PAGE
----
I like controversial books: the reaction is always illustrative. At a leadership seminar in Jerusalem I mentioned the name Sholomo Sand to an observant Jew form New York and he immediately walked out on me, screaming: “Shlomo Sand is an antisemite!”
What would’ve happened if I’d mentioned the C word?
As a scholar of Zionist history at Tel Aviv Uniersity, Sand has been ostracized for daring to deconstruct the nationalist myth of Jewish Peoplehood as taught by the state. His book, The Invention of the Jewish People, is dry and boring – in other words, academic – but he manages to show the important role that anthropologists and arqueologists had during the early days of the country in the construction of a national narrative tied to the land.
Amos Oz makes a similar statement in Jews and Words but provides a path out of the deconstructinve spiral of Sand: at the end of the day – an here he takes a bit of a postmodern bent – our identity doesn’t conform to a bloodline or even to a relationship to the land, but to our love for a series of texts that have been read, commented and reread in different continents throughout the centuries.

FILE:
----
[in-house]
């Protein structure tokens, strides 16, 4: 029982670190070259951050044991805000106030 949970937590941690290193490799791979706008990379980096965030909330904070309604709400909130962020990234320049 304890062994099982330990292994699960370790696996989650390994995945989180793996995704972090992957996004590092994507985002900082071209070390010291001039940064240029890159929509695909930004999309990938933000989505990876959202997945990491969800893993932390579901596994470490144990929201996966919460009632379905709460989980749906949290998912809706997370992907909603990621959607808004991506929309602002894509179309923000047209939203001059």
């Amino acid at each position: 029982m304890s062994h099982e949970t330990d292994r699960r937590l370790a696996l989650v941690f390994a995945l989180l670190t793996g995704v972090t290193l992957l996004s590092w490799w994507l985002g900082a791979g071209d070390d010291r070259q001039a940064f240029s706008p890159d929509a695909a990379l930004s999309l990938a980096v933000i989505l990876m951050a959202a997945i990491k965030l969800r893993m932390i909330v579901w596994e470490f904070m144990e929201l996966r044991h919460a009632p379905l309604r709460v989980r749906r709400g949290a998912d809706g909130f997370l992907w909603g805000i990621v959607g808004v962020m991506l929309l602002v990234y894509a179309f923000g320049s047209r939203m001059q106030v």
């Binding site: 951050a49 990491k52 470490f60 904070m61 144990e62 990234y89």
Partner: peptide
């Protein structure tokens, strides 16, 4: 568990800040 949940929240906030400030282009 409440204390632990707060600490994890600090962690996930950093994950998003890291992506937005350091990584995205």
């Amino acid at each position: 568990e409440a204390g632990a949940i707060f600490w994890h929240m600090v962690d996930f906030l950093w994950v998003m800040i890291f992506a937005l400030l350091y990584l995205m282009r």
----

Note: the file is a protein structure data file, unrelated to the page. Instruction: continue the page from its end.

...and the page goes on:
The most fascinating book on Israel that I’ve read though is Hollow Space: Israel’s Architecture of Occupation, which explores the spatial tactics deployed during the last four decades to turn Gaza and the West Bank into a fragmented and schizophrenic urban ecosystem. Architecture is, according to the author, a tool that is used for domination. He talks about the role of the Jerusalem stone, for example, in creating a sense of continuity between the old city of Jerusalem and the extended metropolis that emerged after Israel conquered it. The obligatory use of the stone in fasçades naturalized this urban sprawl. He also explores the different backstages present at the checkpoints, and explains how the military generals have used postmodern theory to infiltrate compact urban settings like Gaza.
Given all these “critical” readings I was a bit skeptical when I came to Ari Shavit’s My Promised Land. It seemed a book designed for the liberal Jewish diaspora, a book that pandered us as Jews, that allowed us to continue with our preconceived myth of a higher morality and the miraculous trope of Zionist history.
I was wrong. The book is brave. Even if the chronological layout reinforces a nationalistic narrative, Shavit does question important myths like Masada and constantly exposes the colonial ideology that traversed the Zionist enterprise. He does this out of love for his home, though, and this empathic stance is what makes the book is so engaging. I was pleasantly surprised.
I’ve just finished the chapter on Lydda. This is one of the most horrific episodes in the history of Zionism that I can think of. I knew nothing of this mass Exodus of Palestinians. I know it will only get worse, but I have to read on.